Only Scandal Will Do by Jenna Jaxon is, for the most part, an absolutely delightful Regency romp with just a touch of romantic suspense to add the right amount of spice to its story of a marquess in pursuit of a scandal-free marriage and a sword-wielding heroine who promises to give him anything but.
Kat Fitzwilliam and Duncan Ferrars do anything but “meet cute”. She’s been kidnapped on her way to a ton masquerade ball, dressed as Athena, Goddess of War, unfortunately without the weaponry. He’s visiting his ex-mistress’ whorehouse for one last fling before attending that same ball. And there he sees a masked red-headed beauty in the midst of a Greco-Roman tableaux, and Duncan buys her services for the night. Of course he thinks she’s a lady of the house.
By the time he starts thinking with the brain above his shoulders, he’s already compromised her virtue; not in fact, but enough to cause a scandal. And it would be a scandal; Kat Fitzwilliam is Lady Katarina Fitzwilliam, the sister of the Earl of Manning, and Duncan is the Marquess of Dalbury. To save Kat’s reputation, Duncan must marry her, if he can find her. She scratched his face, clonked him over the head soundly with a pitcher, and escaped the brothel.
There’s no scandal if no one knows there’s a scandal.
But too many people do know. Kat knows that she nearly gave in to the sensual stranger with the practiced seduction techniques. It was only when she realized that he was only pretending to believe her story that she found the will to fend him off. His techniques were very, very good. But she never saw his face, he remained masked.
The doctor who treated her bruises knows, and thinks she was raped. And the Bow Street Runner in charge of the case, Reginald Matthews, has entirely too many good guesses about what happened for Kat’s peace of mind.
Her brother Jack mostly believes the story she fabricated about unlocked doors and lucky escapes, but then Jack was knocked unconscious and left behind by her kidnappers. He wasn’t the prey they were after.
Kat plans to return to their Virginia home to escape any possibility of meeting her tormentor again. She hopes that if she marries a friend in Virginia, she’ll eventually forget the taste of passion she found. Friendship she trusts; what happened in that locked room was tinged with lies and deceit.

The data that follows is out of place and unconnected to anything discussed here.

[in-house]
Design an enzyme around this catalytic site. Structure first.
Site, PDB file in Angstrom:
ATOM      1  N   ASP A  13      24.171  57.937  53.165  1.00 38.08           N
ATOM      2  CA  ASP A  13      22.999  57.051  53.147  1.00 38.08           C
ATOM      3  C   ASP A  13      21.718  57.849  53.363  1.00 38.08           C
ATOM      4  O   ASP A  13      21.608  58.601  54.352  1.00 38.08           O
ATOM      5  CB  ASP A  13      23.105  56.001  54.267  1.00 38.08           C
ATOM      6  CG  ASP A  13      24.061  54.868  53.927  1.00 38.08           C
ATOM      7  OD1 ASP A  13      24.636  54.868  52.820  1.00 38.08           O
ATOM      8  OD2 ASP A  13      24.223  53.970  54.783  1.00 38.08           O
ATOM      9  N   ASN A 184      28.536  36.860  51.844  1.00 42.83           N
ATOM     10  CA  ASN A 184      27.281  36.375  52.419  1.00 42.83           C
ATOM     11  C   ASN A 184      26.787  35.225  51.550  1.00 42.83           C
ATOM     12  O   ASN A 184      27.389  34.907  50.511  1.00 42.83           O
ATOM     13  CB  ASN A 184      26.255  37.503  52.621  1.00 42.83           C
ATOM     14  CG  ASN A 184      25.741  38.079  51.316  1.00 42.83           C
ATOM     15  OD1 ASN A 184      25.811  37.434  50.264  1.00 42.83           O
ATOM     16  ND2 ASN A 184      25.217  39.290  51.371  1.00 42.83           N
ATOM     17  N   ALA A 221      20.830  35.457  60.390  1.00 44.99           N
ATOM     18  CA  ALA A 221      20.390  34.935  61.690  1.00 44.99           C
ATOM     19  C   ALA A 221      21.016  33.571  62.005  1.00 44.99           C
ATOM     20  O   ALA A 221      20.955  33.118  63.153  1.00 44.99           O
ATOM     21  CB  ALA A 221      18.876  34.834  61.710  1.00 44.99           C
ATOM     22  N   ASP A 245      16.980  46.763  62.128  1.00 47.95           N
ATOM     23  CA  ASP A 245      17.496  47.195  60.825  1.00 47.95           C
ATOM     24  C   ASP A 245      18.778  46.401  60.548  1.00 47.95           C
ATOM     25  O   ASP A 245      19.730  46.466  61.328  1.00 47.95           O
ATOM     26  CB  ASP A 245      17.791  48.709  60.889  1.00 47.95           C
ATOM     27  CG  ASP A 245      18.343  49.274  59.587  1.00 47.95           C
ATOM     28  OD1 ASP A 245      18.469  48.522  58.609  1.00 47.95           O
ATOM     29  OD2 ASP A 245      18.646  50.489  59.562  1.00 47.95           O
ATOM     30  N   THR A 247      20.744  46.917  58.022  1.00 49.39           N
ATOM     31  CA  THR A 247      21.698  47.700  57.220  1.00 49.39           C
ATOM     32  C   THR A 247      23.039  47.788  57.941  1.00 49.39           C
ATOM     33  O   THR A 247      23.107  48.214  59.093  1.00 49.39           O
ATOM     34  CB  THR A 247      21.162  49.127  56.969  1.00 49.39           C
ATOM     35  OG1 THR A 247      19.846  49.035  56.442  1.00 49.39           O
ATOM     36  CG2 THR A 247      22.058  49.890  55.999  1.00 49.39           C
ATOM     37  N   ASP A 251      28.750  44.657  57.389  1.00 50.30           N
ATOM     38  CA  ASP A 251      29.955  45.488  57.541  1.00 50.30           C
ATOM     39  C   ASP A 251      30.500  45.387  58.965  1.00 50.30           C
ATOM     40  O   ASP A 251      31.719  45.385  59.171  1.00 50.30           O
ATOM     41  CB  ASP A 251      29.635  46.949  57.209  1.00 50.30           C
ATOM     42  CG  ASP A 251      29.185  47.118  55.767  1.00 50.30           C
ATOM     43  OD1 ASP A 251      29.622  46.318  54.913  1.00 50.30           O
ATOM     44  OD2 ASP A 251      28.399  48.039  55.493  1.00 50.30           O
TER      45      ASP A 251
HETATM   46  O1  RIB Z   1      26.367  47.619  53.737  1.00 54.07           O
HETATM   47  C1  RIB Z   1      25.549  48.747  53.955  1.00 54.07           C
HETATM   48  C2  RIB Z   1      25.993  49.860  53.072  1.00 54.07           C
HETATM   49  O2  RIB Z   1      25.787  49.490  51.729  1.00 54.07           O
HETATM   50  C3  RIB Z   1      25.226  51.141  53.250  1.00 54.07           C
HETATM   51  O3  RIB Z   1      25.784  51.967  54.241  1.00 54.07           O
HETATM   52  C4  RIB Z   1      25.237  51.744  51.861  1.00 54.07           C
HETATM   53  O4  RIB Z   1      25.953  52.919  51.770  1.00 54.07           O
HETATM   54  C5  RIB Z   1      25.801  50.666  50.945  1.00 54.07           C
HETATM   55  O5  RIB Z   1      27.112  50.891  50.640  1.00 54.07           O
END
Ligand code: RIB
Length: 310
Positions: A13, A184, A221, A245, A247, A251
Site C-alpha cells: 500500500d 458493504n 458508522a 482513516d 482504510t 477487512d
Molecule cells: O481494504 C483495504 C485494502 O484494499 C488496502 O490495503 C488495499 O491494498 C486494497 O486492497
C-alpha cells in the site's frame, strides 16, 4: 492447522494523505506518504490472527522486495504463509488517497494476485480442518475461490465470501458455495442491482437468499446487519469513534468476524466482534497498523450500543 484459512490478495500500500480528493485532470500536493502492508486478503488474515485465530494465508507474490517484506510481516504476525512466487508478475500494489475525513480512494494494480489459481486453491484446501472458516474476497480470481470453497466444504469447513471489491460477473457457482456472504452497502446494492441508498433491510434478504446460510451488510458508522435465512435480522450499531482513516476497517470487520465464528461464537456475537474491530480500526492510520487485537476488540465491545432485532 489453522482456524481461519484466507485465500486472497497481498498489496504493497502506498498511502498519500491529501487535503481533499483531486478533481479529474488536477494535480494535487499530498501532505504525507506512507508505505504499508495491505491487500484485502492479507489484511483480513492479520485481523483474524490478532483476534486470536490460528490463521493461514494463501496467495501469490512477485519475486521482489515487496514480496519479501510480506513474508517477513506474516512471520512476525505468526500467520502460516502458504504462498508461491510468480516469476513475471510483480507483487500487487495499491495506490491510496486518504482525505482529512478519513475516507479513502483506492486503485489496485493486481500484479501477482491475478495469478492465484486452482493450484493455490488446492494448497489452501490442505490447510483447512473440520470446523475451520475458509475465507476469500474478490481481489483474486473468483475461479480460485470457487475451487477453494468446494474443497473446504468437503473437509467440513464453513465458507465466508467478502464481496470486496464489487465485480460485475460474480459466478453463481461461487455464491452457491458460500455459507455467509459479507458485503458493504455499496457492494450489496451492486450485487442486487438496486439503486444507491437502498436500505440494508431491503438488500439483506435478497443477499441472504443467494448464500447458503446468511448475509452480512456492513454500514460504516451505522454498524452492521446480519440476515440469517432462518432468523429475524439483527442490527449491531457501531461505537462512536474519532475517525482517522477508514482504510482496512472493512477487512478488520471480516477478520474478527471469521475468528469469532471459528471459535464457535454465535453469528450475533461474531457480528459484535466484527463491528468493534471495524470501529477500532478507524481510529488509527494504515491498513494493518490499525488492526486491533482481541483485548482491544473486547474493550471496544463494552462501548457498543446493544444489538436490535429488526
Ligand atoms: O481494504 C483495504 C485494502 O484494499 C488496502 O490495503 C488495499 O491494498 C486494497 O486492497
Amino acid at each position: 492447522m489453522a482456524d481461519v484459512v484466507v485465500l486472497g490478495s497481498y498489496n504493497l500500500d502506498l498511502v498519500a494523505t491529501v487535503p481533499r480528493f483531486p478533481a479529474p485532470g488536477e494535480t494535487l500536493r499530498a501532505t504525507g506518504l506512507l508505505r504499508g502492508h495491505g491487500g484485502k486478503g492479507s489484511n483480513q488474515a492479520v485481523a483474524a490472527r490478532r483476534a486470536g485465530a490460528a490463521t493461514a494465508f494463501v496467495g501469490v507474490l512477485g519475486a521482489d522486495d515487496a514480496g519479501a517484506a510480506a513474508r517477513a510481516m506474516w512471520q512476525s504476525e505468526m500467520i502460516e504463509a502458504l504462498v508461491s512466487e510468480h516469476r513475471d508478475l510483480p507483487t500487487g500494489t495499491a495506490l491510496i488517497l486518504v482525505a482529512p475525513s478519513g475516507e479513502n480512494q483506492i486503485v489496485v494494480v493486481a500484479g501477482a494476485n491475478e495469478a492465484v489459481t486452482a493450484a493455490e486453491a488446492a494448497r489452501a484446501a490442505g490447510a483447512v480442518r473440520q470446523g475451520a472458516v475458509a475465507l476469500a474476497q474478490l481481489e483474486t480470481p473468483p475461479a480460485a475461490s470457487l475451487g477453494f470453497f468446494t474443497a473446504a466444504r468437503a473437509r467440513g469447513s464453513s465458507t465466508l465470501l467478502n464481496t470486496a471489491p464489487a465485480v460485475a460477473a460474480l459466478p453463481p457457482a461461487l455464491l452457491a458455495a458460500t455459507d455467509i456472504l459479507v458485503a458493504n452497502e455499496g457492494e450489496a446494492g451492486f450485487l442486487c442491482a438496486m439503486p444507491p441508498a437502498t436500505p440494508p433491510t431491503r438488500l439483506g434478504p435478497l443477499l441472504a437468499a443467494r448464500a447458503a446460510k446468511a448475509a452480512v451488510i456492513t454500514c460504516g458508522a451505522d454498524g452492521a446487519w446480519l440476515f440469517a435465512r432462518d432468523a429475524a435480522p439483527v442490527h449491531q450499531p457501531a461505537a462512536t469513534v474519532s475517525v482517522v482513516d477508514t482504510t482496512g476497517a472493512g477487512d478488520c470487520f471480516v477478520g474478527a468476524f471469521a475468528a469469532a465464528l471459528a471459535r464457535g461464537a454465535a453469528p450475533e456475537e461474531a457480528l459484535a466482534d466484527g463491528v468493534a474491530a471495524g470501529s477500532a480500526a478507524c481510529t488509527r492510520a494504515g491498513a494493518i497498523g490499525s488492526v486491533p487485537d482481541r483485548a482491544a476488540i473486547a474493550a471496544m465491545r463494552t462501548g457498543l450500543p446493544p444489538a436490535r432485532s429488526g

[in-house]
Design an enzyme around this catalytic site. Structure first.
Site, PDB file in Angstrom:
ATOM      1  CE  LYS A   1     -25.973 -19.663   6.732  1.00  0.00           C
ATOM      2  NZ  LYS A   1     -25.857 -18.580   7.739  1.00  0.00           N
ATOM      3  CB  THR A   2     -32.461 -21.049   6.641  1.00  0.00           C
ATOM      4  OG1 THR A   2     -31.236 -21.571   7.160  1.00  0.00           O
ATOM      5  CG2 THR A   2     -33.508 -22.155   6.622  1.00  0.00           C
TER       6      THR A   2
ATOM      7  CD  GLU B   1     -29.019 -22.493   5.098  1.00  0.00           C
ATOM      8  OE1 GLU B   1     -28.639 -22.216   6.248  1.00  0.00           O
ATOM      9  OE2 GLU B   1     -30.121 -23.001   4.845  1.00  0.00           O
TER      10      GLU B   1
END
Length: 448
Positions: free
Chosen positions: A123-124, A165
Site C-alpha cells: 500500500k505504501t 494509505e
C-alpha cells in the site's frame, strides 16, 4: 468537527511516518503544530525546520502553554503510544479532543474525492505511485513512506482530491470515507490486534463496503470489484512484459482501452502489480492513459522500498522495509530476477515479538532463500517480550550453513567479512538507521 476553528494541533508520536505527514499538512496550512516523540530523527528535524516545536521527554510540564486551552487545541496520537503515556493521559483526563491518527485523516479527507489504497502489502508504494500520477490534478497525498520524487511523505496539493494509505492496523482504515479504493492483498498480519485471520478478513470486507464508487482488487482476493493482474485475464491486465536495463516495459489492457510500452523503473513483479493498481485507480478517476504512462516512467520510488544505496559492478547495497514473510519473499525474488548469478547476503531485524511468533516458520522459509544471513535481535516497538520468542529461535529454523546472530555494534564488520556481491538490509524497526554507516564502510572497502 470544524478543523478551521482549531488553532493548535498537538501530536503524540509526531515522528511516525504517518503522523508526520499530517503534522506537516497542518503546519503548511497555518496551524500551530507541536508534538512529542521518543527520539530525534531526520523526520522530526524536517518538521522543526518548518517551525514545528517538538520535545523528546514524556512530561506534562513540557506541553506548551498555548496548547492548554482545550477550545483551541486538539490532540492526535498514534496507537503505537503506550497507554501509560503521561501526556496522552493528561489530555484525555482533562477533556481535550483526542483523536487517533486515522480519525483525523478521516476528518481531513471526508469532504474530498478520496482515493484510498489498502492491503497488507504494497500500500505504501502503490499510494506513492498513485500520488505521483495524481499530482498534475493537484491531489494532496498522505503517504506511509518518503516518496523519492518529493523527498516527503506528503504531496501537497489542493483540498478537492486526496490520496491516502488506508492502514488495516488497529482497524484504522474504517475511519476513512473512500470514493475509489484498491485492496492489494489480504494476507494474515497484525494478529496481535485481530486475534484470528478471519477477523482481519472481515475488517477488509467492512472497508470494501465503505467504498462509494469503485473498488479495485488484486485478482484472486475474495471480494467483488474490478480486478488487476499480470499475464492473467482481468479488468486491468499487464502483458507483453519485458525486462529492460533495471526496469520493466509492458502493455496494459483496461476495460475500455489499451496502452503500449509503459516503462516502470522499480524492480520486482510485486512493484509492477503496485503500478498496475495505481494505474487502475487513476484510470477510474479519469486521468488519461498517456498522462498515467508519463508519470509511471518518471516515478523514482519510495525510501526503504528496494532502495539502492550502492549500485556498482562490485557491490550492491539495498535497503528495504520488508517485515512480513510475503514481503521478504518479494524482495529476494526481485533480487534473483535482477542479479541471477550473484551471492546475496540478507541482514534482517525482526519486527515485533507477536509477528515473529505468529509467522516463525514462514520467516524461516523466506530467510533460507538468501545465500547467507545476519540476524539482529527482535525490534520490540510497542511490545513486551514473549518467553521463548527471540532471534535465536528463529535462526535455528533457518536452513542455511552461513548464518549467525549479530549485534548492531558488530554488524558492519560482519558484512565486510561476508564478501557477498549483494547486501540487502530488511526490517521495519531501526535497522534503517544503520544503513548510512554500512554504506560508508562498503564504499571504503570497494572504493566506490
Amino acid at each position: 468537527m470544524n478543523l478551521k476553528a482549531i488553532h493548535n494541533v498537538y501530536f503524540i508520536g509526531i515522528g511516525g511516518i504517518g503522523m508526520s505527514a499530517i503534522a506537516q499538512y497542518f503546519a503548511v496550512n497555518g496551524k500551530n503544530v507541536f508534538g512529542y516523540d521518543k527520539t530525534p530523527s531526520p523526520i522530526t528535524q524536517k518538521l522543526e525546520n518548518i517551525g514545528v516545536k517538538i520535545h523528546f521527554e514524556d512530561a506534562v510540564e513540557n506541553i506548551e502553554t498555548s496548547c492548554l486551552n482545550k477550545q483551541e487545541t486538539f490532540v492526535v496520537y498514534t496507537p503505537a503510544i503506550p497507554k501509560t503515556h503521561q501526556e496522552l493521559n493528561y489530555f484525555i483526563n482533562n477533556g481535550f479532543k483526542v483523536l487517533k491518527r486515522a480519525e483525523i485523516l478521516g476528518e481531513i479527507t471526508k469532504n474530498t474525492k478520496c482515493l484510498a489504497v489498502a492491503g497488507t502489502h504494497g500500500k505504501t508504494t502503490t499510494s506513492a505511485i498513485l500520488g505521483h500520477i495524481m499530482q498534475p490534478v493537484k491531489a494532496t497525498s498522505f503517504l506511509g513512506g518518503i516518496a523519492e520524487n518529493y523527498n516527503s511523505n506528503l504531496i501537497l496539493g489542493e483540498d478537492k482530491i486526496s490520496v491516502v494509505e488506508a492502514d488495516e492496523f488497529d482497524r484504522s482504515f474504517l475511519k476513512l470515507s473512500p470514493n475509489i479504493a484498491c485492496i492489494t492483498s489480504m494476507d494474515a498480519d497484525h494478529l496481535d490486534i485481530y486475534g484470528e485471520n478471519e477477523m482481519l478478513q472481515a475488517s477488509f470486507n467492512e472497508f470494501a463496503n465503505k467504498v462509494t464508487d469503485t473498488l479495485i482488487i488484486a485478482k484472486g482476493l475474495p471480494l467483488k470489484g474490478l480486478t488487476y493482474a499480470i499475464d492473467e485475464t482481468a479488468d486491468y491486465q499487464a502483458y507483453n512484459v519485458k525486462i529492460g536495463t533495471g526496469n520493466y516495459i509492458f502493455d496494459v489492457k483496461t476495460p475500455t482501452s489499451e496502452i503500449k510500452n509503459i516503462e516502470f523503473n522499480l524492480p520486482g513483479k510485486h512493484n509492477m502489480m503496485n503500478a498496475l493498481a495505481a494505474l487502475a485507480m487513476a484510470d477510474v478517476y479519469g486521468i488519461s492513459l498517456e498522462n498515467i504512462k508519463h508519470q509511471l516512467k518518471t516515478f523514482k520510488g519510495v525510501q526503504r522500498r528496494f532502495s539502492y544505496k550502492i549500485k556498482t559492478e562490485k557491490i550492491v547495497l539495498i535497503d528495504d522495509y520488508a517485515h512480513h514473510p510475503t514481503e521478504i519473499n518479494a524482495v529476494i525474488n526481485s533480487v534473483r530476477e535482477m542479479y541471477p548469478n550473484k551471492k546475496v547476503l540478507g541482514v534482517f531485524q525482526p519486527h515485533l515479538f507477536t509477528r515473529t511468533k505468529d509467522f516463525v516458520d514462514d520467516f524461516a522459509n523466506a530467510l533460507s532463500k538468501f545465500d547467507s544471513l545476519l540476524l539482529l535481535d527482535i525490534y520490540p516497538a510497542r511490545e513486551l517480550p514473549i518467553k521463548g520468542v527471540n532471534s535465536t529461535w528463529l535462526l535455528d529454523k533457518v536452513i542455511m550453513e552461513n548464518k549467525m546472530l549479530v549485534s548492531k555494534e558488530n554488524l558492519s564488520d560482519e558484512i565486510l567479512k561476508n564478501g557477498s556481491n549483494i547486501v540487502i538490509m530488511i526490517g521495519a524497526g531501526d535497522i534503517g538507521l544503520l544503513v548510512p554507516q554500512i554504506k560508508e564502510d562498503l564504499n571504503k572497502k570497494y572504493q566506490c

But Duncan finds her first, partly by accident, but also through determination. He’s been hunting every ton function in the hopes of finding the elusive woman who haunts his dreams. He wants to do the right thing, but he also just wants Kat.
But he’ll have to fight for her. And only one person can defend Kat’s honor. Kat herself. She won’t let Duncan and her brother kill each other for her, she won’t let them guilt her into a marriage she doesn’t think is right. If there’s going to be a duel, she’ll fight it herself.
Kat can wield a sword as well as any man, and better than most.
Too bad that’s not the last battle they’ll need to fight to win their chance at happiness.
Escape Rating B: The auction scene in the brothel, and its aftermath, is a terrific setup for the story. The reader gets to see inside both of the main characters, and gets to see how they tick. Kat is not just feisty, but very unconventional, and you see how and why she got that way. Her attitudes make sense; she’s not a typical Regency debutante for very good reasons. Duncan’s thoughts and actions are logical from his perspective; although you want him to believe Kat right away, unfortunately he probably wouldn’t in that situation.
However, while I understand the necessity of avoiding the scandal, I found Kat’s willingness to fall in love with the man who caused it a bit too quick. After she spent so much time agonizing over his demonstrated lack of respect for her, she fell too easily. Leaving for Virginia was an option, because her brother would have been fine afterwards. Scandals never affect the man as much as the woman. It’s not fair, but it’s true.
On the other hand, back to the suspense angle, it took me a while to figure out who the real villain in the piece was, and just how far and how deep his villainy ran. Very nice job on the dastardly suspense business.